Image Quality & AA

When it comes to image quality, the big news from NVIDIA for Fermi is what NVIDIA has done in terms of anti-aliasing of fake geometry such as billboards. For dealing with such fake geometry, Fermi has several new tricks.

The first is the ability to use coverage samples from CSAA to do additional sampling of billboards that allow Alpha To Coverage sampling to fake anti-alias the fake geometry. With the additional samples afforded by CSAA in this mode, the Fermi can generate additional transparency levels that allow the billboards to better blend in as properly anti-aliased geometry would.

The second change is a new CSAA mode: 32x. 32x is designed to go hand-in-hand with the CSAA Alpha To Coverage changes by generating an additional 8 coverage samples over 16xQ mode for a total of 32 samples and giving a total of 63 possible levels of transparency on fake geometry using Alpha To Coverage.

In practice these first two changes haven’t had the effect we were hoping for. Coming from CES we thought this would greatly improve NVIDIA’s ability to anti-alias fake geometry using cheap multisampling techniques, but apparently Age of Conan is really the only game that greatly benefits from this. The ultimate solution is for more developers of DX10+ applications to enable Alpha To Coverage so that anyone’s MSAA hardware can anti-alias their fake geometry, but we’re not there yet.

So it’s the third and final change that’s the most interesting. NVIDIA has added a new Transparency Supersampling (TrSS) mode for Fermi (ed: and GT240) that picks up where the old one left off. Their previous TrSS mode only worked on DX9 titles, which meant that users had few choices for anti-aliasing fake geometry under DX10 games. This new TrSS mode works under DX10, it’s as simple as that.

So why is this a big deal? Because a lot of DX10 games have bad aliasing of fake geometry, including some very popular ones. Under Crysis in DX10 mode for example you can’t currently anti-alias the foliage, and even brand-new games such as Battlefield: Bad Company 2 suffer from aliasing. NVIDIA’s new TrSS mode fixes all of this.


Bad Company 2 DX11 Without Transparency Supersampling


Bad Company 2 DX11 With Transparency Supersampling

The bad news is that it’s not quite complete. Oh as you’ll see in our screenshots it works, but the performance hit is severe. It’s currently super-sampling too much, resulting in massive performance drops. NVIDIA is telling us that this should be fixed next month, at which time the performance hit should be similar to that of the old TrSS mode under DX9. We’ve gone ahead and taken screenshots and benchmarks of the current implementation, but keep in mind that performance should be greatly improving next month.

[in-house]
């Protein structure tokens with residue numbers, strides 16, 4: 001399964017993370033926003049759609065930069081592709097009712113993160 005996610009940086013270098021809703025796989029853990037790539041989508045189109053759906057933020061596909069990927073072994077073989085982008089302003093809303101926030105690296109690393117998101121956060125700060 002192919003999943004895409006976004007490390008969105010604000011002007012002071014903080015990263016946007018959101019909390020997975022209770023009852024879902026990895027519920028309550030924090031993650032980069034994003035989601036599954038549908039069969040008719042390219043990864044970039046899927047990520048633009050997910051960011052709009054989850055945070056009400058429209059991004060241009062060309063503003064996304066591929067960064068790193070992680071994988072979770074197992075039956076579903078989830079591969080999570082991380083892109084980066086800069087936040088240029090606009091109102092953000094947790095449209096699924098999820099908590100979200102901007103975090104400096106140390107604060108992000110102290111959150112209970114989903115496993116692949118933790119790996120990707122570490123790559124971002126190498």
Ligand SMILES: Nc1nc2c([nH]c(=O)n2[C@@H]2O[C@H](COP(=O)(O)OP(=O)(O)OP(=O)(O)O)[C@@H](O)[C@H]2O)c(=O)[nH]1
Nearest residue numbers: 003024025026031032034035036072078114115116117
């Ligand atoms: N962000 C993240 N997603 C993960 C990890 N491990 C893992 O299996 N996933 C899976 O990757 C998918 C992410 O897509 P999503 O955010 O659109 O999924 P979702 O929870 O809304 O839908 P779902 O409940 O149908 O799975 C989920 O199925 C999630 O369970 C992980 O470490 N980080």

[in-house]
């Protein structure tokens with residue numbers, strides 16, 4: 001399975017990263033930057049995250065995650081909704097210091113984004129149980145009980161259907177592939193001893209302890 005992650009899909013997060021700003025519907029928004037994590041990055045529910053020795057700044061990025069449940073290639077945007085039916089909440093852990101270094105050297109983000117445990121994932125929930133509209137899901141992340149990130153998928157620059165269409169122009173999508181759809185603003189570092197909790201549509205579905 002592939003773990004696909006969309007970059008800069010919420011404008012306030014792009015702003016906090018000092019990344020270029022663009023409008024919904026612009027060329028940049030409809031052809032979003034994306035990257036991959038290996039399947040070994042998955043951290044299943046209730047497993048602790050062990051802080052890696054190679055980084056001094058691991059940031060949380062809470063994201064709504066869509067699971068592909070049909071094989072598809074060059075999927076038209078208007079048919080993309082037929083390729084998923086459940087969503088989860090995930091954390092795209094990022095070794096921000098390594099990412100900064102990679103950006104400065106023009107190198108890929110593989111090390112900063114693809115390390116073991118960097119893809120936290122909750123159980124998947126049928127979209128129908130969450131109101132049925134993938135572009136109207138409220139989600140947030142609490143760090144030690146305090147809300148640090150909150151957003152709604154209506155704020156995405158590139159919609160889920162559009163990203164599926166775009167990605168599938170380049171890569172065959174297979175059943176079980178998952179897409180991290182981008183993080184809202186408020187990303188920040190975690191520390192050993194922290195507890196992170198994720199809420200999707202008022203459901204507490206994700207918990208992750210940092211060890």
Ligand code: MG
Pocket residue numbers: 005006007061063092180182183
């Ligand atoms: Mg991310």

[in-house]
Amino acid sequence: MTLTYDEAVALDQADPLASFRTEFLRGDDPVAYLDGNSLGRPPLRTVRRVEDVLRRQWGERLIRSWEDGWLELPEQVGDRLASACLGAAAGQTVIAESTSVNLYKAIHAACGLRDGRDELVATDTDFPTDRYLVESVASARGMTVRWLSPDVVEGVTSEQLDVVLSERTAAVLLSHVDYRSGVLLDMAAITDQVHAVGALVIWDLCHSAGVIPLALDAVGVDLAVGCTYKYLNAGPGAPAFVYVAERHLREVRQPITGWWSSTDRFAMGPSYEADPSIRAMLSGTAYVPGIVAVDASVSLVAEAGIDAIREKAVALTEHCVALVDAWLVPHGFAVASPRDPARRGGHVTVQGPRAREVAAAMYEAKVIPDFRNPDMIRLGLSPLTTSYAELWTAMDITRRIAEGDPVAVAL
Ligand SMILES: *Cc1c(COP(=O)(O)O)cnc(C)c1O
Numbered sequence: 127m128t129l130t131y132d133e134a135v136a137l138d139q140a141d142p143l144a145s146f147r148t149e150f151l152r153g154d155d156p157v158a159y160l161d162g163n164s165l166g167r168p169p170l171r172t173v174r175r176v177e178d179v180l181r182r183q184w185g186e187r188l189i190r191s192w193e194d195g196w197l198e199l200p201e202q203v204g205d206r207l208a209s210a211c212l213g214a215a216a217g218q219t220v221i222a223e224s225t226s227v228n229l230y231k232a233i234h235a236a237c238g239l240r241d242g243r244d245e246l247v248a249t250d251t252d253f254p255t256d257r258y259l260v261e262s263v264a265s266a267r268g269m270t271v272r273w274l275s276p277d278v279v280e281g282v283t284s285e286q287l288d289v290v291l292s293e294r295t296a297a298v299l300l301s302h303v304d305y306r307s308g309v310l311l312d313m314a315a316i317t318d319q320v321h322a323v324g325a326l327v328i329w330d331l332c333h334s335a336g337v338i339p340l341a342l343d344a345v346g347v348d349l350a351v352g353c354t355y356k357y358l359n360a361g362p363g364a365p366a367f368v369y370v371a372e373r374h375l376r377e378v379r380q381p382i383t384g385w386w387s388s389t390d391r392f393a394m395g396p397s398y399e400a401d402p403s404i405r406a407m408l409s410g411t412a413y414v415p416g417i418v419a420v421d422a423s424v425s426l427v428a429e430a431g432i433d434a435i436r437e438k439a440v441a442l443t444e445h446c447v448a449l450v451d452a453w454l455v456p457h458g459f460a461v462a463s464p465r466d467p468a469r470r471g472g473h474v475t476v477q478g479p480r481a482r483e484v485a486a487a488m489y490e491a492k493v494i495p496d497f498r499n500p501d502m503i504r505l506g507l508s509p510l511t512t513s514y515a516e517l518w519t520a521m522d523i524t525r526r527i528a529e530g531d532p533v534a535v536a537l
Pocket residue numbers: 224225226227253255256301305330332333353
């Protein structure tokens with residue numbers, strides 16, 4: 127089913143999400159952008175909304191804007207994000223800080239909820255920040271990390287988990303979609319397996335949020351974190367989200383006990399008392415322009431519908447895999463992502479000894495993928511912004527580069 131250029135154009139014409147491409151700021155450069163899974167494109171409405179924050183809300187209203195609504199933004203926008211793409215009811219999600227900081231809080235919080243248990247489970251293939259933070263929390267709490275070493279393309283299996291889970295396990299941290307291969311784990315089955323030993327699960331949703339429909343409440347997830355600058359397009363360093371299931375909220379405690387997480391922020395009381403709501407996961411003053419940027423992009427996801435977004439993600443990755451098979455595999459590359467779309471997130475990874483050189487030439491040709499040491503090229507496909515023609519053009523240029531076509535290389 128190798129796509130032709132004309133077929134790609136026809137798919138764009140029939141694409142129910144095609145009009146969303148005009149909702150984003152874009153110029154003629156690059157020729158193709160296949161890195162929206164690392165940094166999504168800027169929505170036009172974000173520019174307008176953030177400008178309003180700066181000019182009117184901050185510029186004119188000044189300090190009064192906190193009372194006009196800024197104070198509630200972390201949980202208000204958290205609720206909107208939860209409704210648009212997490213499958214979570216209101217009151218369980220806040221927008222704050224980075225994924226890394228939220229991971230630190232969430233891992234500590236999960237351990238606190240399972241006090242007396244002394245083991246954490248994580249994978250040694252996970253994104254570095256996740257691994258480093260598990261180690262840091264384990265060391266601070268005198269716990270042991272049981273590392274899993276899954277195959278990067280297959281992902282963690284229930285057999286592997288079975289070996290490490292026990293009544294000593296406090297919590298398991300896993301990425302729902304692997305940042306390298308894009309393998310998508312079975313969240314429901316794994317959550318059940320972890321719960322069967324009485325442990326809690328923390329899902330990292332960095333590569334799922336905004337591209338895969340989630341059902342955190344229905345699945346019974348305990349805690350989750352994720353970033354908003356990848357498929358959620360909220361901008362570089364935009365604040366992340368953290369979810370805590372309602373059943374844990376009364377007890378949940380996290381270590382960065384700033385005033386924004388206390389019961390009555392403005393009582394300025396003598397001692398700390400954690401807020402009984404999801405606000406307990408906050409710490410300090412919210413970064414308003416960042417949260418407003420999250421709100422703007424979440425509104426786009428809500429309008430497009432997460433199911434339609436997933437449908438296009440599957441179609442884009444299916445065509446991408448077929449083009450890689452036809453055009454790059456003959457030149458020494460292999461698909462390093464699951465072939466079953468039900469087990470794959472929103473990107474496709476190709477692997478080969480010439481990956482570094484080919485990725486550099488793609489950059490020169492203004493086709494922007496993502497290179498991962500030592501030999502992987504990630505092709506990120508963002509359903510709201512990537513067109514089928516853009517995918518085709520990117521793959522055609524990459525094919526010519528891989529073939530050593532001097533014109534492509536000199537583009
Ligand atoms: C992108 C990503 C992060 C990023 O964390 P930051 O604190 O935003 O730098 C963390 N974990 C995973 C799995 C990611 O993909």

So with that said, let’s look at the screenshots.

NVIDIA GeForce GTX 480 NVIDIA GeForce GTX 285 ATI Radeon HD 5870 ATI Radeon HD 4890
0x 0x 0x 0x
2x 2x 2x 2x
4x 4x 4x 4x
8xQ 8xQ 8x 8x
16xQ 16xQ DX9: 4x DX9: 4x
32x DX9: 4x DX9: 4x + AAA DX9: 4x + AAA
4x + TrSS 4x DX9: 4x + TrSS DX9: 4x + SSAA  
DX9: 4x      
DX9: 4x + TrSS      

With the exception of NVIDIA’s new TrSS mode, very little has changed. Under DX10 all of the cards produce a very similar image. Furthermore once you reach 4x MSAA, each card producing a near-perfect image. NVIDIA’s new TrSS mode is the only standout for DX10.

We’ve also include a few DX9 shots, although we are in the process of moving away from DX9. This allows us to showcase NVIDIA’s old TrSS mode, along with AMD’s Adapative AA and Super-Sample AA modes. Note how both TrSS and AAA do a solid job of anti-aliasing the foliage, which makes it all the more a shame that they haven’t been available under DX10.


Click to Enlarge


Click to Enlarge

When it comes to performance, keep in mind that both AMD and NVIDIA have been trying to improve their 8x MSAA performance. When we reviewed the Radeon 5870 back in September we found that AMD’s 8x MSAA performance was virtually unchanged, and 6 months later that still holds true. The performance hit moving from 4x MSAA to 8x MSAA on both Radeon cards is roughly 13%. NVIDIA on the other hand took a stiffer penalty under DX10 for the GTX 285, where there it fell by 25%. But now with NVIDIA’s 8x MSAA performance improvements for Fermi, that gap has been closed. The performance penalty for moving to 8x MSAA over 4x MSAA is only 12%, putting it right up there with the Radeon cards in this respect. With the GTX 480, NVIDIA can now do 8x MSAA for as cheap as AMD has been able to